Learning from history and also trying to fit sympathetically into a historical environment, we tried to create a kind of overcoat, or perimeter, that would be protective while also generating spaces within, and whose volumes would be echoed externally, mountain-like, using local materials. The taller volumes are the working spaces and the larger indoor space is the equivalent of a village square within the building. It is a kind of a village within a village where the working visitors and the local community interact.
This building was developed from another one located about a twenty-minute-drive from La Punt. This residential building is a combination of prefabricated high-tech elements and the local tradition of building with shingles. Individual pieces of hand-cut larch, around a quarter million in total, were applied with a high-tech device to the exterior. This is my family’s home in Graubünden, which was created twenty years ago. The local larch – recyclable, sustainable – looks as fresh as ever today, and will lead a maintenance-free life for at least the next hundred years.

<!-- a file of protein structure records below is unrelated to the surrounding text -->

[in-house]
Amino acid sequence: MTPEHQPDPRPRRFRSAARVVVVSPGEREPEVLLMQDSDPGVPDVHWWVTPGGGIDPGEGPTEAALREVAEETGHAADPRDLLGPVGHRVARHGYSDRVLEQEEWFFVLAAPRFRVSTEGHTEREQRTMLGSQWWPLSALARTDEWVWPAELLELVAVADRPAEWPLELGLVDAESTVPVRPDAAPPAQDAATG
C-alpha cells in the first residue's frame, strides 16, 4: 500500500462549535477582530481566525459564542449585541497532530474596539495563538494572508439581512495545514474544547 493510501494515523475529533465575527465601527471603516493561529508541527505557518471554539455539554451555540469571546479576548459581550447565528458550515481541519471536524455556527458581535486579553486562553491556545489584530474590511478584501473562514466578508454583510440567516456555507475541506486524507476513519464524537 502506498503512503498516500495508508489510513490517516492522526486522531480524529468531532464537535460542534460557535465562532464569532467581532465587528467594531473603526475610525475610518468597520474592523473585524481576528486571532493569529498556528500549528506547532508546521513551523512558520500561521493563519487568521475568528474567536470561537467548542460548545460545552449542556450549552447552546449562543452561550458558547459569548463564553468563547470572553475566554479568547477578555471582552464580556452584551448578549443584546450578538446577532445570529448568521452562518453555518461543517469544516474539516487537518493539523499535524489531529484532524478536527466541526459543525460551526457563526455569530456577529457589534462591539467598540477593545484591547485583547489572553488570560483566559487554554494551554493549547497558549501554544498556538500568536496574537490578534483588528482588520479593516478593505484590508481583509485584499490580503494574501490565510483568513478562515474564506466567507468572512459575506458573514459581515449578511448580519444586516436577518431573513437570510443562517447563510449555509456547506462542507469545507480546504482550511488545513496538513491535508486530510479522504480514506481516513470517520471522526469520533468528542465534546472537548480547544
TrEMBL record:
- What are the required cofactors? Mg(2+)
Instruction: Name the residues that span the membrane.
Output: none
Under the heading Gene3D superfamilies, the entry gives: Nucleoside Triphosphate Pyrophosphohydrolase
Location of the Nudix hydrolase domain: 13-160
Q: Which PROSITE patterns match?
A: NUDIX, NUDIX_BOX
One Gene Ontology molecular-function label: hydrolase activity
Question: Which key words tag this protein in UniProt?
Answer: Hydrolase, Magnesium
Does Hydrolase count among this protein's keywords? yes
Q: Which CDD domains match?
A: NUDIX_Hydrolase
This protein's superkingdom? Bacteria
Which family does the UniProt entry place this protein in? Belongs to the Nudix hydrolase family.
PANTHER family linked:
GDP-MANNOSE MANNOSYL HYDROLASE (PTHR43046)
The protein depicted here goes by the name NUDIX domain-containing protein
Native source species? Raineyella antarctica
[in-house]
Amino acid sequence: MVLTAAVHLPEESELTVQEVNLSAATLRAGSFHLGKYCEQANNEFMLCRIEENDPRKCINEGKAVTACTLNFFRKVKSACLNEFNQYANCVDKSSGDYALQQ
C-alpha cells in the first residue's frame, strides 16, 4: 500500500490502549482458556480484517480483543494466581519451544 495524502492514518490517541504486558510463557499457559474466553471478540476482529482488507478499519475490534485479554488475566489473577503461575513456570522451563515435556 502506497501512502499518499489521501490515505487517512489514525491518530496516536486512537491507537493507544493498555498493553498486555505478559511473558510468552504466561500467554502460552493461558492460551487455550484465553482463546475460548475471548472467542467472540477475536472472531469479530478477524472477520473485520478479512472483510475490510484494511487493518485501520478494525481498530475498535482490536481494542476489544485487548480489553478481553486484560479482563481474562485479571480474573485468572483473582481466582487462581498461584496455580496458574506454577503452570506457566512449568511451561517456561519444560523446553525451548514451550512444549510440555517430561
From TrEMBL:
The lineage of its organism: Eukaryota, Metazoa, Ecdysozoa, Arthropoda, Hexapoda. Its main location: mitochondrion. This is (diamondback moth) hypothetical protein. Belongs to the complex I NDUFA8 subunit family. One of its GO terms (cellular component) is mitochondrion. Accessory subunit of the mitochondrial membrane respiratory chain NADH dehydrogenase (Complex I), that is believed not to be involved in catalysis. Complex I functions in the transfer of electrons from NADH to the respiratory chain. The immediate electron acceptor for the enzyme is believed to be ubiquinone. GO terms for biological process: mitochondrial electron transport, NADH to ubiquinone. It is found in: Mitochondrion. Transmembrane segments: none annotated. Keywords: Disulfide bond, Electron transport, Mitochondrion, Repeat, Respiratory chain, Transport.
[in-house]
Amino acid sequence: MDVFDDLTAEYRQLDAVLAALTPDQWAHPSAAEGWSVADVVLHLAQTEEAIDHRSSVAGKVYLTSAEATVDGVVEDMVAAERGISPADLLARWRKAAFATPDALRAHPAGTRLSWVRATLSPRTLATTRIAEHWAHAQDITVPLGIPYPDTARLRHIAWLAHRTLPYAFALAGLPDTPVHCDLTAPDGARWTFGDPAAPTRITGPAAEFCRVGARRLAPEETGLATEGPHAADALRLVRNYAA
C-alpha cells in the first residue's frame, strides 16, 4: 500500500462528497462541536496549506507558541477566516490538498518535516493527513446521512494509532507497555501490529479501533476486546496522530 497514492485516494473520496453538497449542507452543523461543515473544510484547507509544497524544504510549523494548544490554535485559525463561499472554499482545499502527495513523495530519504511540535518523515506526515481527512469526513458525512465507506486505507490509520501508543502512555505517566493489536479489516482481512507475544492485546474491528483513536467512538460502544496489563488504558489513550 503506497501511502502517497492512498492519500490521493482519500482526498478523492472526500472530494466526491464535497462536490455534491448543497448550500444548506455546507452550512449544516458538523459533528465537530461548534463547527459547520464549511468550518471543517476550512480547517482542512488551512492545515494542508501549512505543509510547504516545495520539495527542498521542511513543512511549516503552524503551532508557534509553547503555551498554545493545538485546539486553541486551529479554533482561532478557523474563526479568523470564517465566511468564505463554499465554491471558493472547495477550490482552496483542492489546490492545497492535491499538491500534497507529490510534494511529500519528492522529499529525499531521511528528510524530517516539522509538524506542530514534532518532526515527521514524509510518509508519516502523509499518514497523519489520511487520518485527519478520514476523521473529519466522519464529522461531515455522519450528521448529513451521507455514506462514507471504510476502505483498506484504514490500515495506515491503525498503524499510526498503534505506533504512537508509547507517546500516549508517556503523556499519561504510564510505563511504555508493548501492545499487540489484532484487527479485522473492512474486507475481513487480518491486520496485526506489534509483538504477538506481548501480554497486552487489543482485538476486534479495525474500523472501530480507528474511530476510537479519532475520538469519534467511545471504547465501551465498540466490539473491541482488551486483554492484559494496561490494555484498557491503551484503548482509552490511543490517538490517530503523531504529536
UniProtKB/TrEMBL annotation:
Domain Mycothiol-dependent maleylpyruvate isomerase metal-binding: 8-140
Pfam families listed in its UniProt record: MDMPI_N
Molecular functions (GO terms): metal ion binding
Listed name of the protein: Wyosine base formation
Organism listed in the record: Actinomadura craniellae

This text is extracted from the keynote address Place – Nature – Energy – Recycling – Materiality presented by Lord Norman Foster at the LafargeHolcim Forum for Sustainable Construction on “Re-materializing Construction” held at the American University in Cairo, Egypt. The full text is available as a flip-book via the link below:
Inspired by the discussions by 350 leading thinkers from architecture, engineering, planning, and the construction industry from 55 countries, Ruby Press Berlin has published The Materials Book that evaluates current architectural practices and models, and introduces materials and methods to maximize the environmental, social, and economic performance of the built environment in the context of “Re-materializing Construction”.